The state wants to power through this anti-smog plan just like they did the last one in 2011. They don't want to have to make industry do anything. But at this point the denial of SCR as a control measure to be included in the next DFW anti-smog plan is so absurd, as is the justification for electrification of gas compressors, that it might be fodder in the next citizens lawsuit over a DFW anti-smog plan, which usually follows these things like mushrooms after a rainstorm. 

Want to get involved in this fight and make it more difficult for the state to get away with doing nothing at all about DFW smog – again? Please consider attending our next DFW Clean Air Network meeting - THIS SUNDAY, AUGUST 17th, from 3:30 pm to 5:30 pm at the offices of the Texas Campaign for the Environment across from Lee Park in Dallas, 3303 Lee Pkwy, Suite #402 (214) 599-7840. Citizens are the only force that can make this plan better. Be there, or breathe bad air.

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Darth Vader in a suitRick Perry's minions at the Texas Commission on Environmental Quality (TCEQ) are drafting a new anti-smog plan for DFW this summer and fall. The only access DFW residents have to how it's being done and why are through periodical regional air quality meetings hosted by the Council of Governments in Arlington. At these meetings staff from TCEQ make presentations on why the air in DFW is getting so much better and why no new pollution control measures are needed to reach smog standards required by the Clean Air Act – despite the fact that the state is 0 for 5 in plans to attain compliance with those standards. In fact, the last such plan from Austin actually resulted in slightly higher levels of smog.

Tomorrow, Tuesday August 12th there will be another such regional air quality meeting. It's going on from 10 am to 12 noon at the Council of Government headquarters in Arlington at 616 Six Flags Road, right across from the amusement park (insert your own joke here). Of course, it's during business hours – you didn't think they're going to make it easy for the public to attend, did you?

Despite that, beginning in April more and more local residents have been showing up at these meetings to express their concern at the lack of progress in bringing safe and legal air to DFW. One of the reasons is that these meetings are the only forum available to citizens to question TCEQ staff in person – and then ask follow-up questions if you don't like the first answer. It's their only opportunity to be a kind of clean air Perry Mason and because it's a public meeting and everyone's looking at them, TCEQ staff have to at least make an attempt to answer those questions.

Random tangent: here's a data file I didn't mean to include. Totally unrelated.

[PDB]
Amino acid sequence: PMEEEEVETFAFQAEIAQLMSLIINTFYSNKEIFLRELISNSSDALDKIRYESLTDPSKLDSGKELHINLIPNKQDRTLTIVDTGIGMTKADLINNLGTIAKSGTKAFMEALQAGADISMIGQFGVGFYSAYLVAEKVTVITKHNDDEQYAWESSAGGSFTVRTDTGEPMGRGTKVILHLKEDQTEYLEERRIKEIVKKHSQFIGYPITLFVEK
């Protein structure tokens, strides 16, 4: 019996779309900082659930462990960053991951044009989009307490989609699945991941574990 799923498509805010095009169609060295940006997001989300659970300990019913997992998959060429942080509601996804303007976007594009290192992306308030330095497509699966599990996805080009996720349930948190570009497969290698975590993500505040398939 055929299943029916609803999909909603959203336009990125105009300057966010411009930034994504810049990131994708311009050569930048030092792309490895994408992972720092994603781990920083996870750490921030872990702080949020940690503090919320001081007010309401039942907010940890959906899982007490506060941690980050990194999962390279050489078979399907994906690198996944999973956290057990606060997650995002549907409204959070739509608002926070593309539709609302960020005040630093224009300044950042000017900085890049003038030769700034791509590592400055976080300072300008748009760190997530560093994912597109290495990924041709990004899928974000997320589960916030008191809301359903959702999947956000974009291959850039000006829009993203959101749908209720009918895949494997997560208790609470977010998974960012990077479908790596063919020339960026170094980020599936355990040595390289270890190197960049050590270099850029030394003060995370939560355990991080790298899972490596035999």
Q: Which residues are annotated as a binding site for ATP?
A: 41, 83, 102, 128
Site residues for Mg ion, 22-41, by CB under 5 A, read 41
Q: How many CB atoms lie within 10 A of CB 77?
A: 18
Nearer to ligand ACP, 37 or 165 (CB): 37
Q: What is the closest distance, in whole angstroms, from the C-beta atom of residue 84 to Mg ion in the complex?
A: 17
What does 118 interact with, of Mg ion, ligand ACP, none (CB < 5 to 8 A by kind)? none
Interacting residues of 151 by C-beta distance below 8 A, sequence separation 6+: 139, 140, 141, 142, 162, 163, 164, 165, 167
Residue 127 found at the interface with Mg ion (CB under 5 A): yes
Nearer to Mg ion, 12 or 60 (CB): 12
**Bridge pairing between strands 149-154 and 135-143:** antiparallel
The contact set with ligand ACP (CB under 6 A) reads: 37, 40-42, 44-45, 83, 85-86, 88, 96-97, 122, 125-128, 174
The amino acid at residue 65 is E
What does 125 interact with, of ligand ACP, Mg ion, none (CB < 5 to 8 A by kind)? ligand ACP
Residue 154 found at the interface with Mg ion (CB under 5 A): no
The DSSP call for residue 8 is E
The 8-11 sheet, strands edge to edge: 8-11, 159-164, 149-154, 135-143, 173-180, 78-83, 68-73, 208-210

Things reached a high point at the last meeting in June when Downwinders and the Sierra Club were allowed to make their own presentations about why the state is falling down on its job. A roomful of concerned citizens and elected officials saw the case against the state was self-evident – all we had to do was quote from its own past press releases and memos to make our point.

Tomorrow's meeting is the first chance the state will have to give a rebuttal to those citizen group presentations. Staff will present all the reasons why we don't need new air pollution controls on the Midlothian cement plants, the gas industry, or the East Texas coal plants, and why another do-nothing anti-smog plan from Austin will be just dandy.

And so, if between inhaler bursts you ever wanted to quiz officials about Rick Perry's air pollution strategies, tomorrow's meeting is going to be your chance.

You may think you're not qualified, but you'd be wrong. Simple common sense questions are often the hardest ones for the TCEQ staff to answer, because you know, they're based on common sense, and so many of their policies aren't.

This is how citizens uncovered the fact that TCEQ was hiding oil and gas pollution in other categories not named oil and gas. This is how we got the TCEQ to release maps of where all the gas industry compressors in DFW are after first explaining there were no such maps. And so on.

All that you need is a curious mind. They're not prepared for those.

Tomorrow, 10 to 12 noon is your opportunity to show your concern about breathing bad air, your desire to see major industrial sources of pollution better controlled, and why you want these anti-smog plans to do more. Be there or keep breathing bad air.